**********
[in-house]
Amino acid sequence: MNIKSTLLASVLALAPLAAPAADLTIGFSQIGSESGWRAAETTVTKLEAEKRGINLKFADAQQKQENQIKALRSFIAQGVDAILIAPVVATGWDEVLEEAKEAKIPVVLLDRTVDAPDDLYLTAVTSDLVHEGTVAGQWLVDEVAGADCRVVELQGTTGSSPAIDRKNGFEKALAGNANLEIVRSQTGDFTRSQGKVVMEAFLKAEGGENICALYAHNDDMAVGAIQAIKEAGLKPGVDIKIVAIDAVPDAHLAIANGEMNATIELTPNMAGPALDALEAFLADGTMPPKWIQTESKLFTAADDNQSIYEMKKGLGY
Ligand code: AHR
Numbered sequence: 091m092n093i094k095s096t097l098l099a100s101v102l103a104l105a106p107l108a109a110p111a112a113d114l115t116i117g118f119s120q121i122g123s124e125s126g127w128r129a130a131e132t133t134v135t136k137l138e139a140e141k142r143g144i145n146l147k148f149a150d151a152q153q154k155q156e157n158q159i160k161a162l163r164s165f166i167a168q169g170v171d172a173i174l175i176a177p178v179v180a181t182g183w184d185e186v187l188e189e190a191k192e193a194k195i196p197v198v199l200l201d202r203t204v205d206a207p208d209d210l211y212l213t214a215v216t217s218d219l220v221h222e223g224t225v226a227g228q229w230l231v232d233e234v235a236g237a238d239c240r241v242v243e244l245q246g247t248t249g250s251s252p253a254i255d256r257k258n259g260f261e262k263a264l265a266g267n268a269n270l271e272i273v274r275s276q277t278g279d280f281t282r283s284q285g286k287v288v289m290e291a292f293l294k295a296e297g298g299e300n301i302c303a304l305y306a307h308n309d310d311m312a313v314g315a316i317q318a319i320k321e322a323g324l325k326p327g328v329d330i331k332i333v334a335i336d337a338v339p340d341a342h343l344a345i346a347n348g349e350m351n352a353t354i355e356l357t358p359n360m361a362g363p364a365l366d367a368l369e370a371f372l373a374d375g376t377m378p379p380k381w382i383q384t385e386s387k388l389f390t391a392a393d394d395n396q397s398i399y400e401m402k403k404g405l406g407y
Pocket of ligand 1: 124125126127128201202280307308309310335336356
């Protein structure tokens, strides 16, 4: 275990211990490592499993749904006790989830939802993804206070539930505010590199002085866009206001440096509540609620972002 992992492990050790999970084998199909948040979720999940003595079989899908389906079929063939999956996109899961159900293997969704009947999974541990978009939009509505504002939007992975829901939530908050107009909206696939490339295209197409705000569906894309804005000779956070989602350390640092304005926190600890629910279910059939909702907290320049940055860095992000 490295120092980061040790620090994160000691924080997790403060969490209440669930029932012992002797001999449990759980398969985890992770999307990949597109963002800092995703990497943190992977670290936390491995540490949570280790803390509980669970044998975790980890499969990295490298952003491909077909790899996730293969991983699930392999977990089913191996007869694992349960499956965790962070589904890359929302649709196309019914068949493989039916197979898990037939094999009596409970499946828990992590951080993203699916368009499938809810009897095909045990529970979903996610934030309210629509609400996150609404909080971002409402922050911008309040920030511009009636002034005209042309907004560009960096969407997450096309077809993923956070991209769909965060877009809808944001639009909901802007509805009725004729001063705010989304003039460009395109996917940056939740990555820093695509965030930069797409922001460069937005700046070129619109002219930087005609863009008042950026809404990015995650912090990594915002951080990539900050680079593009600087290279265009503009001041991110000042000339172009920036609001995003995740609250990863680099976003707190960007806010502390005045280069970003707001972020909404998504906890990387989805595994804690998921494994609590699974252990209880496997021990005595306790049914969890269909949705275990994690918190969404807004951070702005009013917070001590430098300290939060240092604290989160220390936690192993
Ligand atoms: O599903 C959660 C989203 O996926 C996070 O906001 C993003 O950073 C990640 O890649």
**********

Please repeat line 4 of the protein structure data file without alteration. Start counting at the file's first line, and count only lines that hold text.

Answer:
Numbered sequence: 091m092n093i094k095s096t097l098l099a100s101v102l103a104l105a106p107l108a109a110p111a112a113d114l115t116i117g118f119s120q121i122g123s124e125s126g127w128r129a130a131e132t133t134v135t136k137l138e139a140e141k142r143g144i145n146l147k148f149a150d151a152q153q154k155q156e157n158q159i160k161a162l163r164s165f166i167a168q169g170v171d172a173i174l175i176a177p178v179v180a181t182g183w184d185e186v187l188e189e190a191k192e193a194k195i196p197v198v199l200l201d202r203t204v205d206a207p208d209d210l211y212l213t214a215v216t217s218d219l220v221h222e223g224t225v226a227g228q229w230l231v232d233e234v235a236g237a238d239c240r241v242v243e244l245q246g247t248t249g250s251s252p253a254i255d256r257k258n259g260f261e262k263a264l265a266g267n268a269n270l271e272i273v274r275s276q277t278g279d280f281t282r283s284q285g286k287v288v289m290e291a292f293l294k295a296e297g298g299e300n301i302c303a304l305y306a307h308n309d310d311m312a313v314g315a316i317q318a319i320k321e322a323g324l325k326p327g328v329d330i331k332i333v334a335i336d337a338v339p340d341a342h343l344a345i346a347n348g349e350m351n352a353t354i355e356l357t358p359n360m361a362g363p364a365l366d367a368l369e370a371f372l373a374d375g376t377m378p379p380k381w382i383q384t385e386s387k388l389f390t391a392a393d394d395n396q397s398i399y400e401m402k403k404g405l406g407y